Want to know how the music industry is going to make money in this piracy-heavy digital distribution age? Take a look at Led Zeppelin.
Last night, its long-awaited concert in London got such hugely rave reviews, people are begging and pleading for the band to go on a worldwide tour. This was the band's, first full concert since breaking up 27 years ago, with its three surviving members, and the late John Bonham's son, Jason, on drums.
The band sold out the '02 arena in London, but it's a huge understatement to call this a hot ticket. Over 25 million people (yes that's million) registered for a lottery for the 20,000 available tickets that sold for 125 pounds (that's nearly $250 dollars) each. This wasn't making the band rich--proceeds went to the Ahmet Ertegun Education Fund, which was founded by the eponymous founder of Atlantic Records.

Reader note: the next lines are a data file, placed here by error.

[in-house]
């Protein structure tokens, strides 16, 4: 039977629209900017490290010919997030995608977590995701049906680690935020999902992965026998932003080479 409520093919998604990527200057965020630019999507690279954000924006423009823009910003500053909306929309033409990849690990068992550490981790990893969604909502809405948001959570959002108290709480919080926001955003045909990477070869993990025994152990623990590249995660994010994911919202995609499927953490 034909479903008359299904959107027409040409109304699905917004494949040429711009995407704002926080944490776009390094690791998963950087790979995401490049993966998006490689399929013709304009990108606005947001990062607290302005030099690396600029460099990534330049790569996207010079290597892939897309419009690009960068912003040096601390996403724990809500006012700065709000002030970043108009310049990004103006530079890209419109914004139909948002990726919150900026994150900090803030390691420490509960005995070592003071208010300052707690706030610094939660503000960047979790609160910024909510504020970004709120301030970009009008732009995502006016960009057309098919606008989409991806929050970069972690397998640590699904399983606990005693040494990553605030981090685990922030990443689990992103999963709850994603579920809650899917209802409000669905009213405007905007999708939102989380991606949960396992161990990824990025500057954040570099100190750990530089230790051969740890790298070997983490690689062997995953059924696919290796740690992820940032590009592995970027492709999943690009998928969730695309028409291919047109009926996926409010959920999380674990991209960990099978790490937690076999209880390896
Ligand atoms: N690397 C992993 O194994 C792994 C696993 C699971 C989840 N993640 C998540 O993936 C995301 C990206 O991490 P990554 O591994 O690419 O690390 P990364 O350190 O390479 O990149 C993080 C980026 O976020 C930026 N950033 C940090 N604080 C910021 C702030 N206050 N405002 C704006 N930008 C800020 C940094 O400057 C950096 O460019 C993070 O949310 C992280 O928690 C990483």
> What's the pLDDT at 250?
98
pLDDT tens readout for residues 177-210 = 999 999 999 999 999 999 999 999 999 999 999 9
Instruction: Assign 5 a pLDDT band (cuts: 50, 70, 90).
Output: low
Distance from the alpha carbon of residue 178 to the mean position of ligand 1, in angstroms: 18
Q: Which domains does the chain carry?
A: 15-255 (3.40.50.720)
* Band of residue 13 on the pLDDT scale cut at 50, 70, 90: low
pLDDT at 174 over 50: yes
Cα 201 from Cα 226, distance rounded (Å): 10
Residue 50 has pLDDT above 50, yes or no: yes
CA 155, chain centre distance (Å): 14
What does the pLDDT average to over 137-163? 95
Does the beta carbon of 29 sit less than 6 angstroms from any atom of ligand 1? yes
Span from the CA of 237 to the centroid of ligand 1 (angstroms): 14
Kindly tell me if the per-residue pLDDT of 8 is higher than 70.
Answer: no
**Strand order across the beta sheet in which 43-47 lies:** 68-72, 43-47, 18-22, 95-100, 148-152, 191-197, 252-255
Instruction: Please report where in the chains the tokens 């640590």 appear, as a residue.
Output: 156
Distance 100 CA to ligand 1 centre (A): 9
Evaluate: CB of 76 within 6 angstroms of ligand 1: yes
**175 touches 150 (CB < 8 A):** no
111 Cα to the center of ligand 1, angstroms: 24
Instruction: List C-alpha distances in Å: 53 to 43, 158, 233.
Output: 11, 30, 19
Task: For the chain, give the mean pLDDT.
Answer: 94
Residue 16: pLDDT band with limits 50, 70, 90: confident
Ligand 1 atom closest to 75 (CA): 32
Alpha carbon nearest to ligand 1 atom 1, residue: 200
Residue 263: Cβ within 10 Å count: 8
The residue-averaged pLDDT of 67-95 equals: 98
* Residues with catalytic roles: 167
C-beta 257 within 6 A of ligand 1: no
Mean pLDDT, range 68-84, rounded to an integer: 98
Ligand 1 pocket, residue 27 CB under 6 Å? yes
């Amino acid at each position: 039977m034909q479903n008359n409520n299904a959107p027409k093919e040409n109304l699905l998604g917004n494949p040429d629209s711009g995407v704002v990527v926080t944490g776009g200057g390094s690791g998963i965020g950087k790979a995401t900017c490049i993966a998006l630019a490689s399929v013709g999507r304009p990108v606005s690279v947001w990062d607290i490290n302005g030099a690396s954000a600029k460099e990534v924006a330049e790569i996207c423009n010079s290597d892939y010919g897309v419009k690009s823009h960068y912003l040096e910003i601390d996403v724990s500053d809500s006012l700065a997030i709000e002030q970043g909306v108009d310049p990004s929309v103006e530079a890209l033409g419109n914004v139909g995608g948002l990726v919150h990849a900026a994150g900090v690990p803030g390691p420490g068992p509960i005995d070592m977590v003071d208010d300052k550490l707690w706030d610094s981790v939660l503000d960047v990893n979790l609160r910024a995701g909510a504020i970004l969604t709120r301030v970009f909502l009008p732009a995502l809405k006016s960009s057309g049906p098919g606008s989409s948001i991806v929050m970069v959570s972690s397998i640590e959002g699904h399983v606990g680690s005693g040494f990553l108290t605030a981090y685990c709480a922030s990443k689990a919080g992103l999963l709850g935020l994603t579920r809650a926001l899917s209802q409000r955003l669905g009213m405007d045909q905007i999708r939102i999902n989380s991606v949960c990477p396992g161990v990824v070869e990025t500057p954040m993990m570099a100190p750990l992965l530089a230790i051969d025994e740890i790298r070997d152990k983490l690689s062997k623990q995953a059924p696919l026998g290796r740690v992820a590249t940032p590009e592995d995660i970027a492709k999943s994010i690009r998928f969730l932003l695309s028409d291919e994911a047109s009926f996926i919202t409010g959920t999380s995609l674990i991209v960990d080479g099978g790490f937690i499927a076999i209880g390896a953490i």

Did the rockers still have their mojo? I wasn't there, but it sounds like they rocked it. They played all the classics: "Stairway to Heaven," "Black Dog," "Dazed and Confused." And for the first time, the band played "For your Life," LIVE. And singer Robert Plant showed that he still can belt it out with the song "Ramble On." ANd they performed for over two hours.
Here's the thing with the music industry--the CD business is dying, and digital downloads won't grow fast enough to compensate. But people love going to concerts. And names like Led Zeppelin can pack an arena, and their audience is old enough that they'll buy tickets, no matter what the price. So it's this kind of concert, and the kind of tour that would make millions and millions.
Who makes money? The artist, and the concert prometer, the largest being Live Nation. So sorry music labels, you've got to figure out how to get into the concert tour business!
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